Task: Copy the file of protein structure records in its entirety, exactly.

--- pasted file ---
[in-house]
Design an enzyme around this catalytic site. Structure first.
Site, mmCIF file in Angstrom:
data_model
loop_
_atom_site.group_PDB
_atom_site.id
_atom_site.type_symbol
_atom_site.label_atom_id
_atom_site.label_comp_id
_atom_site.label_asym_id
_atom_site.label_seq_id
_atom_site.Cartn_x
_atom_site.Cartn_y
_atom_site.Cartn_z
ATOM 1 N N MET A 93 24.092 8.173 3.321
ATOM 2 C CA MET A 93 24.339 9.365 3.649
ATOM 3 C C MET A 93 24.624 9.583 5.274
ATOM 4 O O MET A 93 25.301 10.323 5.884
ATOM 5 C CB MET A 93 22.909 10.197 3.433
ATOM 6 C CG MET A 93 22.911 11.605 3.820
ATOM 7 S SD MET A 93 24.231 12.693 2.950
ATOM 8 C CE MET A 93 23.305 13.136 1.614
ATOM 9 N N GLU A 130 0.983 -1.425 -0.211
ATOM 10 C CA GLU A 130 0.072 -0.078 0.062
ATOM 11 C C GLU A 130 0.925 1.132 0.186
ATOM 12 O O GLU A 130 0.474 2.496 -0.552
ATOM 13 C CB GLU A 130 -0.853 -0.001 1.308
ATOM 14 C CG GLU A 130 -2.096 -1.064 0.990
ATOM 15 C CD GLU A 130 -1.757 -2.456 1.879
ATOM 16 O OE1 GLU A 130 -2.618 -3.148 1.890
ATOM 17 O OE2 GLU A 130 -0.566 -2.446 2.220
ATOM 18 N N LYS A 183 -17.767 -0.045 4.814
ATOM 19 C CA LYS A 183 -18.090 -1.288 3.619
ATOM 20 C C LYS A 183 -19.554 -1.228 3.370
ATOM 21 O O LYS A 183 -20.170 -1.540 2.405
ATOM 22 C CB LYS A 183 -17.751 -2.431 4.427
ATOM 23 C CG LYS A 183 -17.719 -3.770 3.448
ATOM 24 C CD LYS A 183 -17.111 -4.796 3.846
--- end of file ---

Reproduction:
[in-house]
Design an enzyme around this catalytic site. Structure first.
Site, mmCIF file in Angstrom:
data_model
loop_
_atom_site.group_PDB
_atom_site.id
_atom_site.type_symbol
_atom_site.label_atom_id
_atom_site.label_comp_id
_atom_site.label_asym_id
_atom_site.label_seq_id
_atom_site.Cartn_x
_atom_site.Cartn_y
_atom_site.Cartn_z
ATOM 1 N N MET A 93 24.092 8.173 3.321
ATOM 2 C CA MET A 93 24.339 9.365 3.649
ATOM 3 C C MET A 93 24.624 9.583 5.274
ATOM 4 O O MET A 93 25.301 10.323 5.884
ATOM 5 C CB MET A 93 22.909 10.197 3.433
ATOM 6 C CG MET A 93 22.911 11.605 3.820
ATOM 7 S SD MET A 93 24.231 12.693 2.950
ATOM 8 C CE MET A 93 23.305 13.136 1.614
ATOM 9 N N GLU A 130 0.983 -1.425 -0.211
ATOM 10 C CA GLU A 130 0.072 -0.078 0.062
ATOM 11 C C GLU A 130 0.925 1.132 0.186
ATOM 12 O O GLU A 130 0.474 2.496 -0.552
ATOM 13 C CB GLU A 130 -0.853 -0.001 1.308
ATOM 14 C CG GLU A 130 -2.096 -1.064 0.990
ATOM 15 C CD GLU A 130 -1.757 -2.456 1.879
ATOM 16 O OE1 GLU A 130 -2.618 -3.148 1.890
ATOM 17 O OE2 GLU A 130 -0.566 -2.446 2.220
ATOM 18 N N LYS A 183 -17.767 -0.045 4.814
ATOM 19 C CA LYS A 183 -18.090 -1.288 3.619
ATOM 20 C C LYS A 183 -19.554 -1.228 3.370
ATOM 21 O O LYS A 183 -20.170 -1.540 2.405
ATOM 22 C CB LYS A 183 -17.751 -2.431 4.427
ATOM 23 C CG LYS A 183 -17.719 -3.770 3.448
ATOM 24 C CD LYS A 183 -17.111 -4.796 3.846